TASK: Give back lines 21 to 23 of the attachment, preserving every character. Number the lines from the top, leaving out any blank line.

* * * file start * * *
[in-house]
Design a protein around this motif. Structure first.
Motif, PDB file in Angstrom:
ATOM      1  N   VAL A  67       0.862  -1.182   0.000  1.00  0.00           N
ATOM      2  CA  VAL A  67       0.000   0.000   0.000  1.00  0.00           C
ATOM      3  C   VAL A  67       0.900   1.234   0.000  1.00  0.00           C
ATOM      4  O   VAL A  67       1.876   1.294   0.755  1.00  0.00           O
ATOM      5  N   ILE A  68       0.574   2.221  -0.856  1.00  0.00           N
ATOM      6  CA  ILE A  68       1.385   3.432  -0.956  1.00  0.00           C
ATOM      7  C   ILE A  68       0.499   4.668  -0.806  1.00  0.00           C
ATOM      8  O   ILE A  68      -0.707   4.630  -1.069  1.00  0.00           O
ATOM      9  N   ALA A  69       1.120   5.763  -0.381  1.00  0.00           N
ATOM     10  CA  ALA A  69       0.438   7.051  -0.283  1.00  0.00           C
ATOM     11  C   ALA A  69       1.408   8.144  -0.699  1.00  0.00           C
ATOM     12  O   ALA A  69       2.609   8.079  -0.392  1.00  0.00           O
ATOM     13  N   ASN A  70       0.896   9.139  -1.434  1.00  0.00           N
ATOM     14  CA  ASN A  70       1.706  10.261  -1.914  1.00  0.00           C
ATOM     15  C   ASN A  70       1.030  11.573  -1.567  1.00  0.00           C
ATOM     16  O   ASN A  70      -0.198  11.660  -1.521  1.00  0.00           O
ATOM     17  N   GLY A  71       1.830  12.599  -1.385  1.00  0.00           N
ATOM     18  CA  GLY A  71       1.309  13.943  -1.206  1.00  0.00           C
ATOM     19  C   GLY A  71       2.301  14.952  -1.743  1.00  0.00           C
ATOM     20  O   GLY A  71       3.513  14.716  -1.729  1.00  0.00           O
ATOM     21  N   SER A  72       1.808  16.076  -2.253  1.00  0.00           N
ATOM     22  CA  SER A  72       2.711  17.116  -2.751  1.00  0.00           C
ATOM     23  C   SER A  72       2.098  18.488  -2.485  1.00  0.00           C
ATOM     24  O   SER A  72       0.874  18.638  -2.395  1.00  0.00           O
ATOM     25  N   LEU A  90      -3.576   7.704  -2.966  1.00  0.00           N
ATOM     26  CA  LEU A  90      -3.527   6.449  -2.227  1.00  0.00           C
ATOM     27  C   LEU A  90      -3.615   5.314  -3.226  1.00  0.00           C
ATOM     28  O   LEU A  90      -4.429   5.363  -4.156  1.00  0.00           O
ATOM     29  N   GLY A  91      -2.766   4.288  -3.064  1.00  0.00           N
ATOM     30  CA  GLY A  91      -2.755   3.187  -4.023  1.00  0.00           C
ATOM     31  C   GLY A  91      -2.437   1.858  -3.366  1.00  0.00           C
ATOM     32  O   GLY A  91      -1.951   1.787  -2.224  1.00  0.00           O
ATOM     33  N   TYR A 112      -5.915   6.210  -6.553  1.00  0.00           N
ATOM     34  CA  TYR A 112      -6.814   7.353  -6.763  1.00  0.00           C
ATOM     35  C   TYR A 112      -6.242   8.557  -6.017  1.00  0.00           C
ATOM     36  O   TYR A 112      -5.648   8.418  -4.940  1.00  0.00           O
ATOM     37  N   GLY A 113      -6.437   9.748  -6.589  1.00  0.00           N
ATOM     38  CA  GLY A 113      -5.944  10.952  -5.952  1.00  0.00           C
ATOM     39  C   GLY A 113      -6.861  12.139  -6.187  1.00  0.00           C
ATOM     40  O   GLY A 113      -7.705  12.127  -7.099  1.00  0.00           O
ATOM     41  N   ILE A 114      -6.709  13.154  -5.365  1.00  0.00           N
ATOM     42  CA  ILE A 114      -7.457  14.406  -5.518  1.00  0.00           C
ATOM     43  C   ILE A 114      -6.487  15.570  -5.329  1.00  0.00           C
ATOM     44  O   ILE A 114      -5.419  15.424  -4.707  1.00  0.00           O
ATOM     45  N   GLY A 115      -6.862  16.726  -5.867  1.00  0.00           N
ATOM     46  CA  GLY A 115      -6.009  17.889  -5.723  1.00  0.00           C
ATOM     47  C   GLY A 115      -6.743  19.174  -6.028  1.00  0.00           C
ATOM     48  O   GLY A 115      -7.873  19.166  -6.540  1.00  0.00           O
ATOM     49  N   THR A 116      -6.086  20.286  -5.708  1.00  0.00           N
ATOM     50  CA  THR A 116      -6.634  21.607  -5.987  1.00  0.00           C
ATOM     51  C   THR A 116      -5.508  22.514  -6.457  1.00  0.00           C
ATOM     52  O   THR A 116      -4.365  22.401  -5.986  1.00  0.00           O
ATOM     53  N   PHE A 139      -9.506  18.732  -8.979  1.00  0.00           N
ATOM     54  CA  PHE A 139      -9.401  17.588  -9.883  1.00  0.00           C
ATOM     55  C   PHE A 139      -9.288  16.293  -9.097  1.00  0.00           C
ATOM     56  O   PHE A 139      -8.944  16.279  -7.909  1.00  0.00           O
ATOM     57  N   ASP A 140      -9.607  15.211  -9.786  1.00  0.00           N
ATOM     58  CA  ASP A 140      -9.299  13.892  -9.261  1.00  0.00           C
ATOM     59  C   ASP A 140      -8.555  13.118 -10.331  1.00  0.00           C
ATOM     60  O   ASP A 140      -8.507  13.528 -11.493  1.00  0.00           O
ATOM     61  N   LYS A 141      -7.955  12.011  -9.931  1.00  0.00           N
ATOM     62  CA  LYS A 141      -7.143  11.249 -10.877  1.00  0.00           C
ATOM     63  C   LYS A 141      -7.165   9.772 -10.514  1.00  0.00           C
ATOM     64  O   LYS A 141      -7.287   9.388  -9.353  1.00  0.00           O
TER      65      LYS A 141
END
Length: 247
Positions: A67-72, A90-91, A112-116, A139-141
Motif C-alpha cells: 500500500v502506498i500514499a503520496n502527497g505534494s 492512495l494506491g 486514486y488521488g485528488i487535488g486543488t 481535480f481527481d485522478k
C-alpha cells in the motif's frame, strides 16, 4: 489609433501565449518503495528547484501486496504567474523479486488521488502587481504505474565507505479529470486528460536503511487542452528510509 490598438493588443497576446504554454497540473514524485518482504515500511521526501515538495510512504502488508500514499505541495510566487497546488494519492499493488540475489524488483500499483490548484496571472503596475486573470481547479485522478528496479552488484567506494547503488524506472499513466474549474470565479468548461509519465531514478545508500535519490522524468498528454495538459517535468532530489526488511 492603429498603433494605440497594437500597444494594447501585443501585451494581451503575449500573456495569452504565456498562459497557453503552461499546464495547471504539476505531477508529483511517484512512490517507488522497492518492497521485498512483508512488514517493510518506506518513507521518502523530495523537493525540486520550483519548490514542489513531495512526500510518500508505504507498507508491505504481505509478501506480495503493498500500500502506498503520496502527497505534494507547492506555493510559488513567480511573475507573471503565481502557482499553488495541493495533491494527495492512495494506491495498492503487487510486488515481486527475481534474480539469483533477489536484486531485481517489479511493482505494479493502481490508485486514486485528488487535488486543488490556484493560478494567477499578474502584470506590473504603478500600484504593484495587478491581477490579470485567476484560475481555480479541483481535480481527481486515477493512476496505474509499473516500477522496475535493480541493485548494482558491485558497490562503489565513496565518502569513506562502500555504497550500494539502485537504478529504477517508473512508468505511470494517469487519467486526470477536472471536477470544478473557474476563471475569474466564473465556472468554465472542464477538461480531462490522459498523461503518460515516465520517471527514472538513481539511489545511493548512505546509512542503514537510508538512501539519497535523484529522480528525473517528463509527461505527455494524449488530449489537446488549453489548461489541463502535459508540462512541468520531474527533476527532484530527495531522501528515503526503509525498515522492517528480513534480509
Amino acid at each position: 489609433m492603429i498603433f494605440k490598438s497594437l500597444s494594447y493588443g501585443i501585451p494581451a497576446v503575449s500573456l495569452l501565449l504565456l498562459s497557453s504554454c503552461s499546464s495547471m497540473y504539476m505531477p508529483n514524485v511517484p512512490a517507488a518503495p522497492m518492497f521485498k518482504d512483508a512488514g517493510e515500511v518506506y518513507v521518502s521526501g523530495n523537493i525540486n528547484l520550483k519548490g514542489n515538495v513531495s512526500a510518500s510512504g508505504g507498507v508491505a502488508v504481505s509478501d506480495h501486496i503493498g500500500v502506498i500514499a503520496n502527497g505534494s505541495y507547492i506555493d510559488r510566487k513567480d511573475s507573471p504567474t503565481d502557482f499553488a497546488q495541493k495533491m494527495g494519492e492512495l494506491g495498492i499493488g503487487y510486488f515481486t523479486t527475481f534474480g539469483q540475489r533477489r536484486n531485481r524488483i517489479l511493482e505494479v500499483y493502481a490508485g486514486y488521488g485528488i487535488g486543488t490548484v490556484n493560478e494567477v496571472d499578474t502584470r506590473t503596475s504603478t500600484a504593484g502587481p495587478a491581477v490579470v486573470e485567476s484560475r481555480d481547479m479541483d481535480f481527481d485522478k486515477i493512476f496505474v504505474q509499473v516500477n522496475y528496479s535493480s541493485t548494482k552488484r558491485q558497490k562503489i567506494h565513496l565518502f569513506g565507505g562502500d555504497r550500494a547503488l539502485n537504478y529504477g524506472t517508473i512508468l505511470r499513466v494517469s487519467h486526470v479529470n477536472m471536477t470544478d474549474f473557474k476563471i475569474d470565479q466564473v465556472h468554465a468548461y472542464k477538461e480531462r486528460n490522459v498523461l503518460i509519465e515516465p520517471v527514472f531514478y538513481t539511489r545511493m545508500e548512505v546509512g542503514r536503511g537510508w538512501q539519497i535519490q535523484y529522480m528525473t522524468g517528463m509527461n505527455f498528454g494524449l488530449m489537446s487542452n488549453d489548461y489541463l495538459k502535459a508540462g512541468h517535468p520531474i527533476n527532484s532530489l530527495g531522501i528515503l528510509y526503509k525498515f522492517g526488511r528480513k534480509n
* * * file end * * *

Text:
ATOM     18  CA  GLY A  71       1.309  13.943  -1.206  1.00  0.00           C
ATOM     19  C   GLY A  71       2.301  14.952  -1.743  1.00  0.00           C
ATOM     20  O   GLY A  71       3.513  14.716  -1.729  1.00  0.00           O